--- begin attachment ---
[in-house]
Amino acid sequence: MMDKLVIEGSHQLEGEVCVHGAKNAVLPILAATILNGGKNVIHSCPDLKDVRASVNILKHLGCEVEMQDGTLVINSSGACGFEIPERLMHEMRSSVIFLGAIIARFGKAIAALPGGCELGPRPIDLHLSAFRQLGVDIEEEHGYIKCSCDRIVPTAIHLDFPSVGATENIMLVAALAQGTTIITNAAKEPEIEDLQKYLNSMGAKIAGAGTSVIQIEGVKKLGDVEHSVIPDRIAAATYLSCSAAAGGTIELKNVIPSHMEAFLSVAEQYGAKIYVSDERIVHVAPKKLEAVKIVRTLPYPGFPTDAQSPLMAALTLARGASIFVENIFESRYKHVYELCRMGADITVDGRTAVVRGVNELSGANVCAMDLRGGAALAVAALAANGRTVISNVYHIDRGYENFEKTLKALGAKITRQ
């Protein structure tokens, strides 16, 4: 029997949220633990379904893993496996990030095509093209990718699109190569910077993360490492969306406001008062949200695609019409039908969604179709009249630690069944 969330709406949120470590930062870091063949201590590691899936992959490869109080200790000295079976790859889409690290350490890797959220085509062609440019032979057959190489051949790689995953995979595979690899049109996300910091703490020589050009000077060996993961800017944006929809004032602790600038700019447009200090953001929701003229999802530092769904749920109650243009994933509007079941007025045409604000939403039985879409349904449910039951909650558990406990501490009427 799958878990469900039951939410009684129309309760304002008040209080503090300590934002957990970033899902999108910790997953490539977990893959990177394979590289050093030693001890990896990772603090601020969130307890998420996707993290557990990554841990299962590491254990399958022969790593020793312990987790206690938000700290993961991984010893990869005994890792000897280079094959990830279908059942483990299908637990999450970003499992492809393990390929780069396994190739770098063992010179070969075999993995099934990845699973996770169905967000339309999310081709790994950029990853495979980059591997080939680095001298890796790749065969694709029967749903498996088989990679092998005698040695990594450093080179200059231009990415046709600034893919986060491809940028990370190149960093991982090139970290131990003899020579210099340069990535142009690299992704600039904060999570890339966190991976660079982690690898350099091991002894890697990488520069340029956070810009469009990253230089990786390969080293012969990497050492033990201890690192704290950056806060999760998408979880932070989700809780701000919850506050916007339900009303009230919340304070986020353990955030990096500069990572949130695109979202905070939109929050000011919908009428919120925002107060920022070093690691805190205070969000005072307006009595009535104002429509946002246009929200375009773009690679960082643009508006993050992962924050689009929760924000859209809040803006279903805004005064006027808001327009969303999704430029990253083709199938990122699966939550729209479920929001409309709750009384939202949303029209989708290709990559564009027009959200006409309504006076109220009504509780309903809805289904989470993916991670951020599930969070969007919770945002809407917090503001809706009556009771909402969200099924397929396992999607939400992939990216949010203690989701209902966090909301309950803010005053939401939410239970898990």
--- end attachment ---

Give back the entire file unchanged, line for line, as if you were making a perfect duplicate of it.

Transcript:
[in-house]
Amino acid sequence: MMDKLVIEGSHQLEGEVCVHGAKNAVLPILAATILNGGKNVIHSCPDLKDVRASVNILKHLGCEVEMQDGTLVINSSGACGFEIPERLMHEMRSSVIFLGAIIARFGKAIAALPGGCELGPRPIDLHLSAFRQLGVDIEEEHGYIKCSCDRIVPTAIHLDFPSVGATENIMLVAALAQGTTIITNAAKEPEIEDLQKYLNSMGAKIAGAGTSVIQIEGVKKLGDVEHSVIPDRIAAATYLSCSAAAGGTIELKNVIPSHMEAFLSVAEQYGAKIYVSDERIVHVAPKKLEAVKIVRTLPYPGFPTDAQSPLMAALTLARGASIFVENIFESRYKHVYELCRMGADITVDGRTAVVRGVNELSGANVCAMDLRGGAALAVAALAANGRTVISNVYHIDRGYENFEKTLKALGAKITRQ
């Protein structure tokens, strides 16, 4: 029997949220633990379904893993496996990030095509093209990718699109190569910077993360490492969306406001008062949200695609019409039908969604179709009249630690069944 969330709406949120470590930062870091063949201590590691899936992959490869109080200790000295079976790859889409690290350490890797959220085509062609440019032979057959190489051949790689995953995979595979690899049109996300910091703490020589050009000077060996993961800017944006929809004032602790600038700019447009200090953001929701003229999802530092769904749920109650243009994933509007079941007025045409604000939403039985879409349904449910039951909650558990406990501490009427 799958878990469900039951939410009684129309309760304002008040209080503090300590934002957990970033899902999108910790997953490539977990893959990177394979590289050093030693001890990896990772603090601020969130307890998420996707993290557990990554841990299962590491254990399958022969790593020793312990987790206690938000700290993961991984010893990869005994890792000897280079094959990830279908059942483990299908637990999450970003499992492809393990390929780069396994190739770098063992010179070969075999993995099934990845699973996770169905967000339309999310081709790994950029990853495979980059591997080939680095001298890796790749065969694709029967749903498996088989990679092998005698040695990594450093080179200059231009990415046709600034893919986060491809940028990370190149960093991982090139970290131990003899020579210099340069990535142009690299992704600039904060999570890339966190991976660079982690690898350099091991002894890697990488520069340029956070810009469009990253230089990786390969080293012969990497050492033990201890690192704290950056806060999760998408979880932070989700809780701000919850506050916007339900009303009230919340304070986020353990955030990096500069990572949130695109979202905070939109929050000011919908009428919120925002107060920022070093690691805190205070969000005072307006009595009535104002429509946002246009929200375009773009690679960082643009508006993050992962924050689009929760924000859209809040803006279903805004005064006027808001327009969303999704430029990253083709199938990122699966939550729209479920929001409309709750009384939202949303029209989708290709990559564009027009959200006409309504006076109220009504509780309903809805289904989470993916991670951020599930969070969007919770945002809407917090503001809706009556009771909402969200099924397929396992999607939400992939990216949010203690989701209902966090909301309950803010005053939401939410239970898990």